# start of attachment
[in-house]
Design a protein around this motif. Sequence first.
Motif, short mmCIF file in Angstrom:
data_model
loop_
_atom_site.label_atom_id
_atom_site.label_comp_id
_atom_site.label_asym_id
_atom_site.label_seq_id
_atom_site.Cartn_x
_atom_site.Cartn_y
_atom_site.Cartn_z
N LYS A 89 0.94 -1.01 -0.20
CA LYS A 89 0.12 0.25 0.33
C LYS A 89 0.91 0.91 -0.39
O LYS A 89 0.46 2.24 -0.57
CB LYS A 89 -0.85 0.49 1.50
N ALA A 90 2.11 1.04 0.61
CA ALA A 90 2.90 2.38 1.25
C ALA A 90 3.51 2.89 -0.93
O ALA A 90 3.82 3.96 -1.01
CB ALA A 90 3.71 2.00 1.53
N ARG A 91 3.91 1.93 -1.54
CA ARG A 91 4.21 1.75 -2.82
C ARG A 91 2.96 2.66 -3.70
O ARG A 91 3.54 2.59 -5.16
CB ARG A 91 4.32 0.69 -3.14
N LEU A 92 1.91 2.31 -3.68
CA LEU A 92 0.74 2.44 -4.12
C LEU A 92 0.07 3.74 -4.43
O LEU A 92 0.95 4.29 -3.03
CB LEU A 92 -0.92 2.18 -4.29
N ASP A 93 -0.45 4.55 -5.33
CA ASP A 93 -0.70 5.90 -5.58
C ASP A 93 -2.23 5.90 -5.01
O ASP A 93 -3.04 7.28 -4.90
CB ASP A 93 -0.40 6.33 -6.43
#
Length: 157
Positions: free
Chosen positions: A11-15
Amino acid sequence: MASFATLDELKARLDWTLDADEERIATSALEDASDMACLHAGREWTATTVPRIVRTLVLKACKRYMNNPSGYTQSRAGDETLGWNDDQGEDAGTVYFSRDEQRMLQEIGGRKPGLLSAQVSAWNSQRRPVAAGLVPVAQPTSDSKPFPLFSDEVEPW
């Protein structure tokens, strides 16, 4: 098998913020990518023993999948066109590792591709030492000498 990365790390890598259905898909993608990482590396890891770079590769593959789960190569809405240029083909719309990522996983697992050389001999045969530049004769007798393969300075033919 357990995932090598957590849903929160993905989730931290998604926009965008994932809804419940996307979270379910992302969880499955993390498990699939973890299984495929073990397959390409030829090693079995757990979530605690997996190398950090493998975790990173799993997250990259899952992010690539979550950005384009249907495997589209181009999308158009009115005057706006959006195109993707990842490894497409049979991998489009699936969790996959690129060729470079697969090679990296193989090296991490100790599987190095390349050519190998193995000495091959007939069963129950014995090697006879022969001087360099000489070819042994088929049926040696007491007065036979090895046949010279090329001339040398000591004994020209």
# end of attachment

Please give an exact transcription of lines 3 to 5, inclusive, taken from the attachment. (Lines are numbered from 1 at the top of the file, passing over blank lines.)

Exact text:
Motif, short mmCIF file in Angstrom:
data_model
loop_